A ‘factory reset’ for the brain can cure anxiety and drinking

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According to the results of an animal study published in the journal, gene editing may be a potential treatment for anxiety and alcohol use disorders in adults exposed to binge drinking in adolescence. scientific progress

The study was conducted by researchers at the University of Illinois Chicago, who studied the effects of binge drinking early in life on health later in life.

In previous research, the UIC team found that binge drinking in adolescence alters brain chemistry in the enhancer region of the Arc gene — for activity-regulated cytoskeleton-associated protein immediate-early gene — and Arc expression in the amygdala of both rodents and mammals. people decrease. This epigenetic reprogramming of the Arc gene in the emotion and memory center of the brain contributes to a predisposition to anxiety and alcohol use disorders in adulthood.

In the new study, the researchers show that this epigenetic reprogramming, which persists throughout life, can actually be reversed with gene editing.

“Early drinking can have long-lasting and significant effects on the brain, and the results of this study provide evidence that gene editing is a potential antidote to these effects, providing a sort of factory reset for the brain, if you will,” said senior author Subhash Pandey, the Joseph A. Flaherty Endowed Professor of Psychiatry and Director of the Center for Alcohol Research in Epigenetics at UIC.

Pandey and his team used a gene-editing tool called CRISPR-dCas9 in their experiments to manipulate the histone acetylation and methylation processes at the Arc gene in adult rat models. These processes make genes more or less accessible for activation.

First, the researchers studied adult rats with intermittent exposure to alcohol in their adolescence, which corresponds to about 10 to 18 years in human years. They noted that when dCas9 was used to promote acetylation, a process that detaches chromatin and allows transcription factors to bind to the DNA, Arc gene expression became normalized. In addition, the indicators of anxiety and alcohol consumption decreased.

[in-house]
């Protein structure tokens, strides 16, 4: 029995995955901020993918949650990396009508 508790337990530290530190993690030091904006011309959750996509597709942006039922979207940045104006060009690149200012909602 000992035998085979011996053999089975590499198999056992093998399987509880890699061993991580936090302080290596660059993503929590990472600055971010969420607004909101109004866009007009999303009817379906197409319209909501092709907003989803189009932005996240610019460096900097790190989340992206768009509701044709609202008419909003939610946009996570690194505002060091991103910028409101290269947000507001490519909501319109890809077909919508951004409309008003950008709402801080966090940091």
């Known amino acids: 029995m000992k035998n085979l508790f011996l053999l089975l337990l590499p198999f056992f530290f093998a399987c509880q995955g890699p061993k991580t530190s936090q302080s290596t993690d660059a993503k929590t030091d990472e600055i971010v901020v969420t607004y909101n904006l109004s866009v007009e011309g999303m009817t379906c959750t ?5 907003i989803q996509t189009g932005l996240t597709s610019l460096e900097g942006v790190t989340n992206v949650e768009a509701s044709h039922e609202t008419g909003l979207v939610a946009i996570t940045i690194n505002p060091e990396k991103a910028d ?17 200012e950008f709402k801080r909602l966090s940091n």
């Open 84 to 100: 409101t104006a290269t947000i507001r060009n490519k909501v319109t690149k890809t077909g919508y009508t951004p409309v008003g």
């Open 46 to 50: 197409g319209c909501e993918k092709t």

Anxiety was measured by behavioral testing, such as by documenting the exploratory activity of rats placed in maze tests, and alcohol preference was measured by monitoring the amount of liquid consumed when the rats were presented with a choice of two bottles consisting of options such as tap water, sugar water and varying concentrations of alcohol (3%, 7% and 9%).

In a second model, the researchers studied adult rats without early exposure to alcohol. When inhibitory dCas9 was used to promote methylation, which tightens chromatin and prevents transcription factors from binding to DNA, Arc expression decreased and indicators of anxiety and alcohol consumption increased.

“These results demonstrate that epigenomic editing in the amygdala may improve adult psychopathology following alcohol exposure in adolescents,” the authors report.

“Adolescent big drinking is a serious public health problem, and this study not only helps us better understand what happens in developing brains when exposed to high concentrations of alcohol, but most importantly, gives us hope that we can will one day have effective treatments for the complex and multifaceted diseases of anxiety and alcohol use,” said Pandey, who is also a senior investigator at Jesse Brown VA Medical Center. “That this effect was seen bidirectionally confirms the significance of the Arc enhancer gene in the amygdala in epigenetic reprogramming of binge drinking in adolescents.”

Co-authors of the study, “Targeted epigenomic editing alleviates anxiety in adults and excessive drinking after alcohol exposure in adolescents,” are John Peyton Bohnsack, Huaibo Zhang, Gabriela Wandling, Donghong He, Evan Kyzar, and Amy Lasek, all of UIC.


Binge drinking in adolescence may increase the risk of anxiety later in life


More information:
John Peyton W. Bohnsack et al, Targeted epigenomic editing alleviates adult anxiety and excessive drinking after alcohol exposure in adolescents, scientific progress (2022). DOI: 10.1126/sciaadv.abn2748

Provided by the University of Illinois at Chicago

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